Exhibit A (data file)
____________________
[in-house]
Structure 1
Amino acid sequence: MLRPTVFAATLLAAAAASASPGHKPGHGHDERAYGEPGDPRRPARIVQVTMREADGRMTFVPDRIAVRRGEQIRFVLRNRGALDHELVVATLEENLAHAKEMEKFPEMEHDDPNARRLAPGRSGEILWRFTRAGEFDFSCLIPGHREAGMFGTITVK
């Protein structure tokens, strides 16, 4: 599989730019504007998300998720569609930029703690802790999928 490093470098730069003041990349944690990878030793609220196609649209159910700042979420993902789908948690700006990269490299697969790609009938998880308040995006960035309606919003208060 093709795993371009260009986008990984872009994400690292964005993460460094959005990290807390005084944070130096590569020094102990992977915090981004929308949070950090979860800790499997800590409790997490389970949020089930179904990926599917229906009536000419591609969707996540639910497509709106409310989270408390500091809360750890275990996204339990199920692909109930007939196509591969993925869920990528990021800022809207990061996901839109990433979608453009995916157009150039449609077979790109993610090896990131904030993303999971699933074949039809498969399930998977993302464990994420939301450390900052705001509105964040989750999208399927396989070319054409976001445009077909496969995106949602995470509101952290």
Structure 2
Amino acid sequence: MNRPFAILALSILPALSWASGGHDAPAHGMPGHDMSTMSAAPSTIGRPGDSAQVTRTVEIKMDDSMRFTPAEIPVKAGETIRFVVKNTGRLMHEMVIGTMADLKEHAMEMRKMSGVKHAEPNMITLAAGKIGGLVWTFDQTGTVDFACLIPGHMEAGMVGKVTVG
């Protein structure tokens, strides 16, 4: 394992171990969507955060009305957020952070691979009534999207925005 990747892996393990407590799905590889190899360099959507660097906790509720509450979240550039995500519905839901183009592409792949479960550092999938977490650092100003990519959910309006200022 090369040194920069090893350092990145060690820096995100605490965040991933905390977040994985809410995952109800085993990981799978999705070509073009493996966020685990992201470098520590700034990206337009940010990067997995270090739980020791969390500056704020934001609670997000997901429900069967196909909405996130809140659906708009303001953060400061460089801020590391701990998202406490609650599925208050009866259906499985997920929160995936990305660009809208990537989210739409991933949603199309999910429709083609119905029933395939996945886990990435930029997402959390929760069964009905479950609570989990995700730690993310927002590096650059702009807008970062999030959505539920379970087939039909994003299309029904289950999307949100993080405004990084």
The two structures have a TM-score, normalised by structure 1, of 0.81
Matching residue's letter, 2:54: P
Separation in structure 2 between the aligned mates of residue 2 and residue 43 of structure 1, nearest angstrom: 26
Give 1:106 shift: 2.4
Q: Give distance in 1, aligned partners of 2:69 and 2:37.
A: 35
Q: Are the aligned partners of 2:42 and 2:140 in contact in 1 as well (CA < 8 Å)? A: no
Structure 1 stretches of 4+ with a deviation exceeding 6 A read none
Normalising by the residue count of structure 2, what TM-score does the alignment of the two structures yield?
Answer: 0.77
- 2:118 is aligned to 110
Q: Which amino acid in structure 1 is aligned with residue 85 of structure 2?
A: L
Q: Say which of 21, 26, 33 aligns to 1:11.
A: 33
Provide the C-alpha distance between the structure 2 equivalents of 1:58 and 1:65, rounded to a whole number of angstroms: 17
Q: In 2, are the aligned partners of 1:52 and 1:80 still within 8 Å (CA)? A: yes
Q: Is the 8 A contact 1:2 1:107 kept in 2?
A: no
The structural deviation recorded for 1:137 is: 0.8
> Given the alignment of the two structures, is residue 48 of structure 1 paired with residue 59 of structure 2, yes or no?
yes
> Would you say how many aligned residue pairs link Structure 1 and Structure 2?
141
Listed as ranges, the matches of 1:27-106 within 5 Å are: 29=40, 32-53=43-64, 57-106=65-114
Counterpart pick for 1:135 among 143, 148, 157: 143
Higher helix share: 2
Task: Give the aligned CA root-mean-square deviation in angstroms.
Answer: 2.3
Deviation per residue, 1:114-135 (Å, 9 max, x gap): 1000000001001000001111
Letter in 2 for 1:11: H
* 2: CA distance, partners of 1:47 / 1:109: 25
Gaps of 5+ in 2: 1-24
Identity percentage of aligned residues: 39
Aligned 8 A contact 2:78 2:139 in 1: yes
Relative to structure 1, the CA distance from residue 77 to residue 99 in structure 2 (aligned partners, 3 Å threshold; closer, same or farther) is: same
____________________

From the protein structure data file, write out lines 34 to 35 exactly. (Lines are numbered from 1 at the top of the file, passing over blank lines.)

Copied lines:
Higher helix share: 2
Task: Give the aligned CA root-mean-square deviation in angstroms.